What it really boiled down to was the fact that if we do invite people’s other halves when neither of us (or just one of us) know them, then that person is taking up a space at our wedding that a really, really close friend is missing out on.


Ticking off the guest list

Ticking off the guest list


Then there’s the issue of children. Aside from immediate family (our gorgeous little niece Matilda, who will be a bridesmaid, and her little brother or sister who will be born in March), we’re not having any babies or children whatsoever. It would be different if we both had families full of little ones, but we don’t. Hopefully our friends will love the opportunity to get a babysitter in and let their hair down at our wedding – and not be offended that their offspring can’t come.

Now I understand why so many people decide to elope!

So – now it’s time to start inviting people. We bought some great value save the date cards on a stationery website I found before Christmas – zazzle.co.uk – and I feel like they’ve been sitting in a cupboard forever. Now that we know who we’re sending them to, we can finally getting cracking on writing them this week. And then I can turn my attentions to more exciting matters – like finding a dress…

Jan 13

Venue and date – tick!

“This is the one,” I whispered to Sean, as my eyes welled up with tears. Happy tears, may I add. We were standing in the room we were going to get married in, and it was perfect.

We were on our all-important venue hunt, a couple of weeks before Christmas. In all honesty, though, our day out barely constituted a hunt. Our dream venue was only the third we’d seen, and we’d done it all in the space of four hours!

Our wedding venue!

Once the initial “Oh my God! We’re engaged!” phase had become normality, we both wanted to set a date quickly. I don’t like things up in the air so all the uncertainty of not knowing exactly when we were getting married, while simultaneously discussing our big day nonstop, was really starting to stress me out. And I know couples who have deliberated for weeks, if not months, over the venue. So we thought we’d best get cracking.

I have to say, I was expecting it to be far more difficult than it turned out to be. I suppose it was easy (ish!) for us, as we knew exactly where we wanted to get married from the outset. Because I want all my grandparents to be at our big day, and they may not fancy long plane journeys and the hassle of travel, we immediately dismissed the possibility of getting married on a beach somewhere exotic. Not to mention how frizzy my hair would look in the photos. Anyone who knows me will vouch for the fact that the combo of my hair and tropical climes doesn’t bear thinking about…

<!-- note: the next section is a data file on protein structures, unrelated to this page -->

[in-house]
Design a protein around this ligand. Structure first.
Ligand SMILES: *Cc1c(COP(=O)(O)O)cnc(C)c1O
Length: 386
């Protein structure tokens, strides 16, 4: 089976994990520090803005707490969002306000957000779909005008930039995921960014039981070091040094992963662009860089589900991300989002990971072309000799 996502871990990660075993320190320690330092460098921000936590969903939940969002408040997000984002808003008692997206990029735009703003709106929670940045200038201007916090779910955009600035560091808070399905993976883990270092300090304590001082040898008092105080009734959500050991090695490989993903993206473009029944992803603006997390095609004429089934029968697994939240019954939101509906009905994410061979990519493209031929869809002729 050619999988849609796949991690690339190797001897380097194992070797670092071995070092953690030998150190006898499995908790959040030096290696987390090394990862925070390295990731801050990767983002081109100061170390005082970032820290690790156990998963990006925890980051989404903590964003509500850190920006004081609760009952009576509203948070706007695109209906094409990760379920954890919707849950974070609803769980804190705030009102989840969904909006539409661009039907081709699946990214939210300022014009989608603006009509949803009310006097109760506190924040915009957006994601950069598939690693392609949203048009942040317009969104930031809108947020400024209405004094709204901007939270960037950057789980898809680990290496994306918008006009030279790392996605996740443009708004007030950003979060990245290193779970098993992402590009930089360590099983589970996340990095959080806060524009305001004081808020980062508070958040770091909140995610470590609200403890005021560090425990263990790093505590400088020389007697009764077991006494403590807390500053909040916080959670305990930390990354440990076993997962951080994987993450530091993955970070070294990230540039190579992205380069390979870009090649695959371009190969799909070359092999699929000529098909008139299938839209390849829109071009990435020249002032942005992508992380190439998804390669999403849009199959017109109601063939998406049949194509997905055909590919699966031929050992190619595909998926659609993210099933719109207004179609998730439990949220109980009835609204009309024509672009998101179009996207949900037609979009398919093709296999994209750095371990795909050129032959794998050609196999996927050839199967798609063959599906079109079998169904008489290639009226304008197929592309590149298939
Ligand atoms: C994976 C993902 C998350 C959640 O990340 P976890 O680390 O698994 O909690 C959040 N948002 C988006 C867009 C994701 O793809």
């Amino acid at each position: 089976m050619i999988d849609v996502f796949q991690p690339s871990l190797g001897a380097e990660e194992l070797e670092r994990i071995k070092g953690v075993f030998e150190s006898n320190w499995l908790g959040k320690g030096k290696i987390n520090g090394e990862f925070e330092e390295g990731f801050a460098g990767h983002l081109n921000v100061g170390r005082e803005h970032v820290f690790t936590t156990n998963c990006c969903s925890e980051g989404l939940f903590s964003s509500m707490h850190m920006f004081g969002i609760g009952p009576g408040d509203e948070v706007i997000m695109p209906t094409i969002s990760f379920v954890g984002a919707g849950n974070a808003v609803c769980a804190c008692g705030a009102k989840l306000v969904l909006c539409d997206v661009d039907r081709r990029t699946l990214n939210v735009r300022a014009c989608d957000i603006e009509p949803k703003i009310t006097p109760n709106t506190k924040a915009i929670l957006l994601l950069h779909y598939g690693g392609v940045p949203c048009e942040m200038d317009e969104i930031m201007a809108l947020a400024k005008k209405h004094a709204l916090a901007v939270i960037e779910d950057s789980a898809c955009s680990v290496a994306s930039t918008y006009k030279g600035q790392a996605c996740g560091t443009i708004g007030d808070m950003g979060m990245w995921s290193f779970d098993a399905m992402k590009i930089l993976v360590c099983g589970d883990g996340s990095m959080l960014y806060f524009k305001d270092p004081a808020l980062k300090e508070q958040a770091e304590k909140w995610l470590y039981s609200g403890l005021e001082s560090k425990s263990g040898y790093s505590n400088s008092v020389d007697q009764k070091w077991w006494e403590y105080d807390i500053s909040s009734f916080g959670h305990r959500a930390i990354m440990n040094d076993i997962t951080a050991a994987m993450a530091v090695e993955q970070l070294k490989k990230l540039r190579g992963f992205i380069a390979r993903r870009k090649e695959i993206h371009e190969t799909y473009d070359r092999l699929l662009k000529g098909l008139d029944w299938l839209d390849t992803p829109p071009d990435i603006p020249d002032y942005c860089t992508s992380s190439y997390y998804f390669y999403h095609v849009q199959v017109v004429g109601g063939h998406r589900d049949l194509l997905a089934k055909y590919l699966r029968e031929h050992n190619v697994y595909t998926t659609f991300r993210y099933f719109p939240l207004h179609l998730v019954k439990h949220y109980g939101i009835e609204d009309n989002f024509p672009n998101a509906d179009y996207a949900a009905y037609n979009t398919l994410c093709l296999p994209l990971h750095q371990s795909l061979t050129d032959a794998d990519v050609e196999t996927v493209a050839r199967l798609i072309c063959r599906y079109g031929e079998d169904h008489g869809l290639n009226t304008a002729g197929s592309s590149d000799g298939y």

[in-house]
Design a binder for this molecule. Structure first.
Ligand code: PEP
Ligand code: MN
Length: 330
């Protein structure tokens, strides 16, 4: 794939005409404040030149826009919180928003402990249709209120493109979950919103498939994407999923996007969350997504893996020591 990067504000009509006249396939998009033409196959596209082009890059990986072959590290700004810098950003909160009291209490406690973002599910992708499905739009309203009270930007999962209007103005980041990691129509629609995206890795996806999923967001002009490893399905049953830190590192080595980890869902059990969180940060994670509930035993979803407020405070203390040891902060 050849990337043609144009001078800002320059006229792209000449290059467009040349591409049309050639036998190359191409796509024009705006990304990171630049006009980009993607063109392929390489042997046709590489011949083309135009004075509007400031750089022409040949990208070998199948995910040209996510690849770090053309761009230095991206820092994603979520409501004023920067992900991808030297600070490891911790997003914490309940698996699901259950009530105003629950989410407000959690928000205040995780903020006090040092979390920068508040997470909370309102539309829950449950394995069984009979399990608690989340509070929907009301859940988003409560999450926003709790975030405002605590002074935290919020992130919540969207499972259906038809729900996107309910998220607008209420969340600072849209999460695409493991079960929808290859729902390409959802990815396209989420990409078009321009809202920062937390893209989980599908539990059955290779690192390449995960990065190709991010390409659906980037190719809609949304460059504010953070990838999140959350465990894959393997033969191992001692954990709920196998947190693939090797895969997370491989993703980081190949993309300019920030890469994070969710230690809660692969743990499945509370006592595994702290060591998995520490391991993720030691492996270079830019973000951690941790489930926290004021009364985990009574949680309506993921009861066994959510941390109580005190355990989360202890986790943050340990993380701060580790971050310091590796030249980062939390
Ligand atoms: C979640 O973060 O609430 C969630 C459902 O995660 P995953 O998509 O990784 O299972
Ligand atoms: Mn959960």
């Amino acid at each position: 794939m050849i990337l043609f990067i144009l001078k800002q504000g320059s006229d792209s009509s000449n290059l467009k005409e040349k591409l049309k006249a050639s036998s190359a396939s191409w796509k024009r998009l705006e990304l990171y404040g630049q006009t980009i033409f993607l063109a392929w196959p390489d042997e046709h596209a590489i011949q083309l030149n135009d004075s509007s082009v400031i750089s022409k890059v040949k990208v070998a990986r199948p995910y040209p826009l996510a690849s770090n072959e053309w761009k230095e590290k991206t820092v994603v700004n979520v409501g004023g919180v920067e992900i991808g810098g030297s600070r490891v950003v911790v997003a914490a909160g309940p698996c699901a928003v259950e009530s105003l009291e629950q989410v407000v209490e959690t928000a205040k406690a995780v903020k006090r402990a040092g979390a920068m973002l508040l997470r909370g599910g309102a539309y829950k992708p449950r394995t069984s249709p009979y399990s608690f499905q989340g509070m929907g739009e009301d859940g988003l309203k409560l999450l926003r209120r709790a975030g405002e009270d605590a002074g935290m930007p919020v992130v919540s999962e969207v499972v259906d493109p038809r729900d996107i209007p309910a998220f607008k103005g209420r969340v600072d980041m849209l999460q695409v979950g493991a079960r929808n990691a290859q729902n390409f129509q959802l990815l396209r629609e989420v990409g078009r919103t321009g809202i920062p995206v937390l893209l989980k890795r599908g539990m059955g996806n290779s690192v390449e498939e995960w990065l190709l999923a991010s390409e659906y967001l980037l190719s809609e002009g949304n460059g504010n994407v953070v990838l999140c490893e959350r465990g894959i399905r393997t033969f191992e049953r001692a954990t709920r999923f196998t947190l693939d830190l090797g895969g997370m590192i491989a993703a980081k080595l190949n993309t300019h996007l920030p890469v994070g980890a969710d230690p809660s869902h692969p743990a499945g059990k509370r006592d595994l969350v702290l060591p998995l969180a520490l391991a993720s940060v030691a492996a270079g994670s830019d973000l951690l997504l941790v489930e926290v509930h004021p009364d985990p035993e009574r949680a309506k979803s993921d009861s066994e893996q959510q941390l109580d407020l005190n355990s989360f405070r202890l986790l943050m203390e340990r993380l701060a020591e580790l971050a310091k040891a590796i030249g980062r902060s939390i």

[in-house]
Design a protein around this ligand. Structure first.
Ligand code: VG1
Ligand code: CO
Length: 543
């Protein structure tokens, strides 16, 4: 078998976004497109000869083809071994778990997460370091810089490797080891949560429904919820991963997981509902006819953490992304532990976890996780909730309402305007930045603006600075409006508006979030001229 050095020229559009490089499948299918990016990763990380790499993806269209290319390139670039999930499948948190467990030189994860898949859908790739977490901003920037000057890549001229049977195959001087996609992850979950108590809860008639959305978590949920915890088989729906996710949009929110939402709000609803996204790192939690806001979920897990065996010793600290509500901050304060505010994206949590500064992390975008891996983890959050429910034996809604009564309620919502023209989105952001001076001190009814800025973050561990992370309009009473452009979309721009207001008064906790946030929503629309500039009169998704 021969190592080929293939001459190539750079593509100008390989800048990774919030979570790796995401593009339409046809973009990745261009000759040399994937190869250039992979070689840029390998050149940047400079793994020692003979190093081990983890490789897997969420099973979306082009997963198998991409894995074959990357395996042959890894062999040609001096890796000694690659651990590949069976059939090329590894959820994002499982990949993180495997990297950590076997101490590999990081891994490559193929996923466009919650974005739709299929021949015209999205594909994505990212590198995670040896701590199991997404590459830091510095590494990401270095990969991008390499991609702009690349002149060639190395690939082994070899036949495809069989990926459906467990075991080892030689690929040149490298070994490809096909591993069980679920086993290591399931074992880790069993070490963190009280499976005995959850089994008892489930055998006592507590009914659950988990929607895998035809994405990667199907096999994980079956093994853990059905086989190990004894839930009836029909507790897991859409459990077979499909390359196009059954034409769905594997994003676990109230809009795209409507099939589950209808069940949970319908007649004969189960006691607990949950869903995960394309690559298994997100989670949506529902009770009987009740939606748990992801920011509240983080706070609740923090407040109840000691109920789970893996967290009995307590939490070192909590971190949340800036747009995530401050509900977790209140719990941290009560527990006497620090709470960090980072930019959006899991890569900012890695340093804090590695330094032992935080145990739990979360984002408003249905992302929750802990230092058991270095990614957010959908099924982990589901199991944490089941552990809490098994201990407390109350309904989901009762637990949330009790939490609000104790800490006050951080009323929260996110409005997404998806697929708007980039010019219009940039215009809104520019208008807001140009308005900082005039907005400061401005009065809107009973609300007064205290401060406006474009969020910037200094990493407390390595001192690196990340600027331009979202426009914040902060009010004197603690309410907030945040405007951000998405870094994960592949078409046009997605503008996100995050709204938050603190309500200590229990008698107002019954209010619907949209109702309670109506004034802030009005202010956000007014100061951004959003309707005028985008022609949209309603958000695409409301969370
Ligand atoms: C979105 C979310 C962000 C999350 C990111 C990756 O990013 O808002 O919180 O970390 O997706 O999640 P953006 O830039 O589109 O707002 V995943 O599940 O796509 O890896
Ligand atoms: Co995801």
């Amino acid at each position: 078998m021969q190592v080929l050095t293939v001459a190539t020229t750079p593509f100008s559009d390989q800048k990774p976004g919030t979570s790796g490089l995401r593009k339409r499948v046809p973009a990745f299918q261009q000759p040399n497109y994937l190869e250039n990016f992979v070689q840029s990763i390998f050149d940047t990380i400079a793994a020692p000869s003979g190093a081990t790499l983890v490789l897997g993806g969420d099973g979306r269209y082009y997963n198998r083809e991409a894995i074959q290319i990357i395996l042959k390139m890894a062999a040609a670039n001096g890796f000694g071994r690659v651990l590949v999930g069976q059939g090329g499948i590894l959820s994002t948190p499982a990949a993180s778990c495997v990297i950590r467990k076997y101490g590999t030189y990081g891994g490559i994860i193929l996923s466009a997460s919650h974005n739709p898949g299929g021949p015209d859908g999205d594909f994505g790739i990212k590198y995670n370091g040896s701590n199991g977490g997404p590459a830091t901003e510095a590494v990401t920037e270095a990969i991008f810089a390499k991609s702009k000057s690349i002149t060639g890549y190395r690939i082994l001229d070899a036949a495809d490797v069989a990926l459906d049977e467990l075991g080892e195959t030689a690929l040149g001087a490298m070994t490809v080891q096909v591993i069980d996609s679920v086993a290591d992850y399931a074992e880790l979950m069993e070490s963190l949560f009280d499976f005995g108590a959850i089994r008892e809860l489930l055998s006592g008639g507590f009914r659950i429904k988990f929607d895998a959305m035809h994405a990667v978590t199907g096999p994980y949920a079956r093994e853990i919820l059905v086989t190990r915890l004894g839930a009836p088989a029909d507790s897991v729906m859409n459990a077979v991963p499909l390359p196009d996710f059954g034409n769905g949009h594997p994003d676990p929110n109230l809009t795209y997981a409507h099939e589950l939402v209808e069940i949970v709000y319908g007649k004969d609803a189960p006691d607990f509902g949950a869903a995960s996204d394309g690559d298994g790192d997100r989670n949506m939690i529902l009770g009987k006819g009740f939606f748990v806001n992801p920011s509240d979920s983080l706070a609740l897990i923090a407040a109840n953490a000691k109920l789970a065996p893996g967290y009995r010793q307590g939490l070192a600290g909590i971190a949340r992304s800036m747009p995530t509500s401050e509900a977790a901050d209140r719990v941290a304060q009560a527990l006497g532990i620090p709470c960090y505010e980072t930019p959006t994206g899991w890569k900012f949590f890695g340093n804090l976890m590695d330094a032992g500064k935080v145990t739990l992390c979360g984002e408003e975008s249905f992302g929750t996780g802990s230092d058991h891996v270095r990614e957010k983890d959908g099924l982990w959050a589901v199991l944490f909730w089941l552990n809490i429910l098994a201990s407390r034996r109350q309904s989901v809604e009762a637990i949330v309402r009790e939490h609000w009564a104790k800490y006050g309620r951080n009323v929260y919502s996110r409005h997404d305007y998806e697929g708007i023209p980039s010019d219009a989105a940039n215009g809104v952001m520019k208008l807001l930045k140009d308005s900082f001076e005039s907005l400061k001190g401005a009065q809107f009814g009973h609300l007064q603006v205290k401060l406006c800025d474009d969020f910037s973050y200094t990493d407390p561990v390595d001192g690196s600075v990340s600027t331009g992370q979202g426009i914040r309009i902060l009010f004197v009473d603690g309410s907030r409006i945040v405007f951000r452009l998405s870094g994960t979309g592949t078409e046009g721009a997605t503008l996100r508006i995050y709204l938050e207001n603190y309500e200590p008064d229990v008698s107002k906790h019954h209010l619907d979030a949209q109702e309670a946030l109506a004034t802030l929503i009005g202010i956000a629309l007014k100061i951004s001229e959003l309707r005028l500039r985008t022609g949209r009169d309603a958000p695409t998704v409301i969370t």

We also knew we were looking for a venue where we could not only hold the reception, but also tie the knot. I’m catholic but Sean isn’t religious, so as a compromise (the key to a successful marriage, I hear!) we decided to have a civil ceremony somewhere that looked chapel-ish.

A ‘chapel-ish’ room to tie the knot in…

Not only that, but I’ve always wanted to get married near to where I grew up, in the Wirral. The tradition of getting married where the bride is from isn’t so strong these days, but it’s something that certainly means a lot to me.

So with all that in mind and my mum and grandma on board doing plenty of research, we set about drawing up a shortlist of venues to look round – three, in the end – got in touch with them to arrange viewings, and promptly booked a train up to Chester.

I cannot wait to have our wedding breakfast in this room!

We went on our venue-viewing tour with my parents. And we were all in agreement – we loved the first place and really didn’t like the second (I actually think it was haunted – I came away with a terrible, uneasy feeling that I couldn’t shake off, and I had a nightmare about it that night!).

But as soon as we got out of the car at the third, Thornton Manor, we knew we loved it. It was absolutely everything we wanted from a venue. Grand yet homely, with friendly staff, gorgeous gardens that will look lovely in the Autumn – when we want to get married – an absolutely breathtaking room for the wedding breakfast, rooms for our guests to stay in overnight, and the most important element – a chapel-ish room to get married in.

Beautiful gardens for photos

It’s just so beautiful. And as we stood there in that room, my eyes prickling with tears and smiles plastered across our faces, we could all absolutely picture how incredible our wedding day is going to be.

We didn’t even need any time to mull over the decision. I’ve never been a big thinker when it comes to buying and booking things anyway – once my mind’s made up, that’s it. We got the diaries out immediately and set a date. So now we know that on October 21st this year, we will be getting married! And it will be in our absolute, dream venue.